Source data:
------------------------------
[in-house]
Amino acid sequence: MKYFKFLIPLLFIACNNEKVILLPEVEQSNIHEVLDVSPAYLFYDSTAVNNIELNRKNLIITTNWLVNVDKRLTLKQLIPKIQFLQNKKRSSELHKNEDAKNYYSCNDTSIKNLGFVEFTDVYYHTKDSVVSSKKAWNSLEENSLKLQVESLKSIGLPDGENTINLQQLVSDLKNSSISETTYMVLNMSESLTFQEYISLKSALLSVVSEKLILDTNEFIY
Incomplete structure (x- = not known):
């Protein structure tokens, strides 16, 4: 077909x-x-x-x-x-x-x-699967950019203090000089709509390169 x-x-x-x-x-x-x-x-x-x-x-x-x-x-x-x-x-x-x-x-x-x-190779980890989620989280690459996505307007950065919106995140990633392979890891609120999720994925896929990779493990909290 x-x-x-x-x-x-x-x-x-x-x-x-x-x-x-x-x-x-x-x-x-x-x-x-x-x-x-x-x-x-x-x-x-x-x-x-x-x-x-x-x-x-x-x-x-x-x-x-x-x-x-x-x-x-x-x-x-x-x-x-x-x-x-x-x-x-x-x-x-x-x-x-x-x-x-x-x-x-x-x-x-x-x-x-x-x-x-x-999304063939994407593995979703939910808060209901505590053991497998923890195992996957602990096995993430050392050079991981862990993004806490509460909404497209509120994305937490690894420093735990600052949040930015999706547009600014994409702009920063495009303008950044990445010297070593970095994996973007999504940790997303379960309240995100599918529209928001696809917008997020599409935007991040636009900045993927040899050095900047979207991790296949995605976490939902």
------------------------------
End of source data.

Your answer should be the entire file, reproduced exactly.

[in-house]
Amino acid sequence: MKYFKFLIPLLFIACNNEKVILLPEVEQSNIHEVLDVSPAYLFYDSTAVNNIELNRKNLIITTNWLVNVDKRLTLKQLIPKIQFLQNKKRSSELHKNEDAKNYYSCNDTSIKNLGFVEFTDVYYHTKDSVVSSKKAWNSLEENSLKLQVESLKSIGLPDGENTINLQQLVSDLKNSSISETTYMVLNMSESLTFQEYISLKSALLSVVSEKLILDTNEFIY
Incomplete structure (x- = not known):
């Protein structure tokens, strides 16, 4: 077909x-x-x-x-x-x-x-699967950019203090000089709509390169 x-x-x-x-x-x-x-x-x-x-x-x-x-x-x-x-x-x-x-x-x-x-190779980890989620989280690459996505307007950065919106995140990633392979890891609120999720994925896929990779493990909290 x-x-x-x-x-x-x-x-x-x-x-x-x-x-x-x-x-x-x-x-x-x-x-x-x-x-x-x-x-x-x-x-x-x-x-x-x-x-x-x-x-x-x-x-x-x-x-x-x-x-x-x-x-x-x-x-x-x-x-x-x-x-x-x-x-x-x-x-x-x-x-x-x-x-x-x-x-x-x-x-x-x-x-x-x-x-x-x-999304063939994407593995979703939910808060209901505590053991497998923890195992996957602990096995993430050392050079991981862990993004806490509460909404497209509120994305937490690894420093735990600052949040930015999706547009600014994409702009920063495009303008950044990445010297070593970095994996973007999504940790997303379960309240995100599918529209928001696809917008997020599409935007991040636009900045993927040899050095900047979207991790296949995605976490939902």